I was in Mexico and the Canadian government basically demanded we come home. I got on a flight and they didn't even care what my suitcase weighed

----

We were at our winter home in Mexico. I would have to say March 19th when we made the decision to return to Canada and hoped to be allowed to cross the border into first the US and then into Canada. Driving through the states felt like a scene from the Walking Dead. Empty roads and shopping malls. Going through Los Angeles California on our way down in November took about 4 hours and driving back we never saw anyone and we drove through Los Angeles in about an hour or less.

Not being able to hug/see/support loved ones during the pandemic

The hardest most challenging occurence of the pandemic, is seeing my Mom in Long Term Care. It is only slightly better after almost a year. I have no idea how long I'll have my Mom that just had her 94th birthday. We use to go to White Spot her favorite place and since the pandemic I haven't even been allowed to take her a burger and fries, such a small thing in life that means so much to a senior.

----

Not being able to visit my late husband in the long term care facility he was in. Also the shortage in tp and paper towels

----

Hi, I realized that life was changing and not for the better when the vast amount of people who lost love ones. Not being able to comfort both parties...the loved one with covid and their families. The final moments, the grieving process, the closure. There will be a lot of mental health issues related to this situation.

----

The moment that I needed to stop a family member at the door of our long term care home and tell them they had to leave their mom (who is living with advanced dementia) with staff they didn't know and couldn't come in to move her in or even to visit.

----

When my mother was diagnosed with breast cancer and had to have 2 surgeries - and I was only allowed to drop her off in the parking lot before the surgeries.

----

The pandemic really change my life for ever , when my mom past away with Covid , I couldn't fly to see her for the last time and be there for her funeral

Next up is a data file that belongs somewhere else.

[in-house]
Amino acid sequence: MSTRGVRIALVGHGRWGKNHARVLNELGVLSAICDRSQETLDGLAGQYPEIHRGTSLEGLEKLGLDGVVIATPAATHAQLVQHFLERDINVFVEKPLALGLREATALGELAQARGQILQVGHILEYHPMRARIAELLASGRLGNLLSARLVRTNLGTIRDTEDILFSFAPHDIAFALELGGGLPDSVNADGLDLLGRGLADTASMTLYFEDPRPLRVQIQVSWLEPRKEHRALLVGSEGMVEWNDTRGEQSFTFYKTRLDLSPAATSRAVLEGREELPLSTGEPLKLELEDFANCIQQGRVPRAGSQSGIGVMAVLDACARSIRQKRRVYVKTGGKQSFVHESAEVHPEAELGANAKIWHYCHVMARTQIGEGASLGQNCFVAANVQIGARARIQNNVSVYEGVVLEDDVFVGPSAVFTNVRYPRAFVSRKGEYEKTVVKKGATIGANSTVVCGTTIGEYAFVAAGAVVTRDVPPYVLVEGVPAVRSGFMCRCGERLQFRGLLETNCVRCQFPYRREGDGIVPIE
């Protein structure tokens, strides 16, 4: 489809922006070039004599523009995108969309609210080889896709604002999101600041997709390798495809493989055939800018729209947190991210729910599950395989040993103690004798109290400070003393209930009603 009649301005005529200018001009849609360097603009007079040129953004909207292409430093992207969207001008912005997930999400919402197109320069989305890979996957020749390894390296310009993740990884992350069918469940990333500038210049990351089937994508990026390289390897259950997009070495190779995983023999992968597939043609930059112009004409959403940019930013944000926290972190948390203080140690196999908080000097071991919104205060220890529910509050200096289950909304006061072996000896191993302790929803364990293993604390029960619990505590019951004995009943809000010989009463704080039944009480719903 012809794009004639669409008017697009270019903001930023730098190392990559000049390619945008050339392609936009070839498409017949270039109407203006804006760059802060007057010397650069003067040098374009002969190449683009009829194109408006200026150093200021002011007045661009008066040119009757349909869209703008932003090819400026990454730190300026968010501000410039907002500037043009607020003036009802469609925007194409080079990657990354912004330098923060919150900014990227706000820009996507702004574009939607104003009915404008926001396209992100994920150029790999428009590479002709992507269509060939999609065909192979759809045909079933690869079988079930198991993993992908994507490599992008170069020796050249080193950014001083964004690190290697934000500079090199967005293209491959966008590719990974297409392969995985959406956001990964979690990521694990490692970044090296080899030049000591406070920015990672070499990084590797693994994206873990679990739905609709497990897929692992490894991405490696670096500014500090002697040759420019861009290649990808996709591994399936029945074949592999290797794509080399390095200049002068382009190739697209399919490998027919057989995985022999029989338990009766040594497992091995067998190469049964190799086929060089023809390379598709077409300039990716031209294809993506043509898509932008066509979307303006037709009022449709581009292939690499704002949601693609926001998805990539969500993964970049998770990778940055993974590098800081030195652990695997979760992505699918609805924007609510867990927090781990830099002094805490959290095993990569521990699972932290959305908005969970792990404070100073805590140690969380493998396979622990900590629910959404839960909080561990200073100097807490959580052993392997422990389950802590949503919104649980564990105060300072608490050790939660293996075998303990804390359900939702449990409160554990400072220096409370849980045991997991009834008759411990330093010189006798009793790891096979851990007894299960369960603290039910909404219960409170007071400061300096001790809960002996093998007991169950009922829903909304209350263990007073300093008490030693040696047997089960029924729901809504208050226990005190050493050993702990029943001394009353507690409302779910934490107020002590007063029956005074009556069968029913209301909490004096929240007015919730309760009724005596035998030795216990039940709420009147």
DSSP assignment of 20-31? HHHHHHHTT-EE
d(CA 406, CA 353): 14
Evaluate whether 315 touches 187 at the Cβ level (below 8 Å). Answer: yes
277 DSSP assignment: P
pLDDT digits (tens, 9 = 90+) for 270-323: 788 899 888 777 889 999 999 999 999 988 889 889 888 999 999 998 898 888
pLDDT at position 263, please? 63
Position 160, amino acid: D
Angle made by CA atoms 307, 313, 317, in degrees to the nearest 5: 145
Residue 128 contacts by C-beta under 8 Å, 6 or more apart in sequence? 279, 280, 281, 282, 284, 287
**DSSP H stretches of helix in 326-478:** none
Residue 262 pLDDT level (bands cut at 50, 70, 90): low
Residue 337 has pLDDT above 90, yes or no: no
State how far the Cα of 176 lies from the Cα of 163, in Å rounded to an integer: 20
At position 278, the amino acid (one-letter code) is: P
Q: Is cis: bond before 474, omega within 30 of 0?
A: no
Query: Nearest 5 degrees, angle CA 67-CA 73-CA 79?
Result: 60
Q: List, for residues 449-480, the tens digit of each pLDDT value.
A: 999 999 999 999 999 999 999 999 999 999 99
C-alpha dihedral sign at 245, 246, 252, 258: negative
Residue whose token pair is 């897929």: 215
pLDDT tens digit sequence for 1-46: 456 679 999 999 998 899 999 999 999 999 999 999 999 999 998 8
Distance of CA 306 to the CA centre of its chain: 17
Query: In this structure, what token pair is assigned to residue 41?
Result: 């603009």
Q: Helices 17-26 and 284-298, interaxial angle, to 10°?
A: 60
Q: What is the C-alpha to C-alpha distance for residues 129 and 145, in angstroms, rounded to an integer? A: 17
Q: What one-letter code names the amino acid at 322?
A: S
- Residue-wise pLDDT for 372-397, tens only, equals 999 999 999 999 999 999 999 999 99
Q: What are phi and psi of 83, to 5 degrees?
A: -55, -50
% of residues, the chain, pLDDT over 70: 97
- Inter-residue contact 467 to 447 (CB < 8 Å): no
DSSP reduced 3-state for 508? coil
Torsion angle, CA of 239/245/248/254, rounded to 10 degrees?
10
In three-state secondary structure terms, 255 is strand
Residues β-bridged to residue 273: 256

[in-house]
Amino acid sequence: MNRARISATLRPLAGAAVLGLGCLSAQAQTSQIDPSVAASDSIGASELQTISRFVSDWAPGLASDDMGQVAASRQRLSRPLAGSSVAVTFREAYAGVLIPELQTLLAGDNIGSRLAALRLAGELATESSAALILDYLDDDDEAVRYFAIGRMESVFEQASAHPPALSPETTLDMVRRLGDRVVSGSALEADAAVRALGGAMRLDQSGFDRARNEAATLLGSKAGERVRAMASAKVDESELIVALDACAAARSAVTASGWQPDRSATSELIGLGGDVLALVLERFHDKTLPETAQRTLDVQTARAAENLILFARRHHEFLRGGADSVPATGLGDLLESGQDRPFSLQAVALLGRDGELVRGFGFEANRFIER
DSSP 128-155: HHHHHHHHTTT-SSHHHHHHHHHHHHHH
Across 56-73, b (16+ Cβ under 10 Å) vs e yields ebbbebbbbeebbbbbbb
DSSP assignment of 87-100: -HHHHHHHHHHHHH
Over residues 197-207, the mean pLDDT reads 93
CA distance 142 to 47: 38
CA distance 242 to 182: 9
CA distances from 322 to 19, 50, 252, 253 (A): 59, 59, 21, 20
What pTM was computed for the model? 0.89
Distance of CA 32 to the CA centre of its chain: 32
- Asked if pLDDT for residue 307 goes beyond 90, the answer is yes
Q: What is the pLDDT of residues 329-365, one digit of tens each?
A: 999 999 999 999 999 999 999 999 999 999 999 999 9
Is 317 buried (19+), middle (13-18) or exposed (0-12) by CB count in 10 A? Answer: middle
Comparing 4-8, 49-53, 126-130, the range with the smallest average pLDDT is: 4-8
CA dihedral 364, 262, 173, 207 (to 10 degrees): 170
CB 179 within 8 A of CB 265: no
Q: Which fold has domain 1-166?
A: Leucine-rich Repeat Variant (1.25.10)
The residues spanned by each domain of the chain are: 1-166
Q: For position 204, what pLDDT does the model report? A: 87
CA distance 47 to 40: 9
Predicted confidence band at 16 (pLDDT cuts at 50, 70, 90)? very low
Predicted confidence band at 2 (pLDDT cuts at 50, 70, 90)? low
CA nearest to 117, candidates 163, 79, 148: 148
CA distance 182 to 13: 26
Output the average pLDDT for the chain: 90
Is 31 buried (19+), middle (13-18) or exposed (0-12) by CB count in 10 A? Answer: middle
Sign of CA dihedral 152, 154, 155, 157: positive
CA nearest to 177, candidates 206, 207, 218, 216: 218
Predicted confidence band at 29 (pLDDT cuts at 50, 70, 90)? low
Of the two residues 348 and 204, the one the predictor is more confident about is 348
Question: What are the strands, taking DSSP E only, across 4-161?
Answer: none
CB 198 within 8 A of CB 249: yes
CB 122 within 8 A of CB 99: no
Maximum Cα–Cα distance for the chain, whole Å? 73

Knowing someone who caught the virus

My most heartbreaking defining moment was when I found out my sister contacted Covid-19
She left our family very quickly which devastated her son and daughter, grand children immensely and the rest of our family....
She lived in Winnipeg and I could not go to the funeral...
I never thought that this would ever happen....
As of today I think of her daily and reflect if only
It would have been her birthday March 6.....
RIP my Sister

No more sports during COVID-19

We were at the hockey rink for my daughters practice and the next team of boys were dressed & ready to go on for their gold medal game (playoffs) and we were all starting to receive & read Hockey Canada through provincial to our SDMHA association emails that said "cease all play immediately." Basically our girls ended few minutes early & the boys didn't get to play at all..needless to say it was very confusing & frustrating moments for parents, players, etc. We all stood there going is this for real..

----

I think it was Thursday, March 13, 2020. My Habs were on their way to San Jose when the NHL canceled all games indefinitely. Life came to a sudden grinding halt for me. If the NHL stopped play, this COVID thing had to be serious. I spent the night watching Spanish Flu and Pandemic documentaries and took Friday off. I went to the supermarket late in the morning and the shelves were empty. No tp, pasta, tuna, beef, chicken or pork. Bought a bunch of frozen fish (first time ever) and I took a picture of the tp aisle.

Do you have a story to share about #TheMoment? Get in touch with Tereza Verenca, at tverenca@glaciermedia.ca.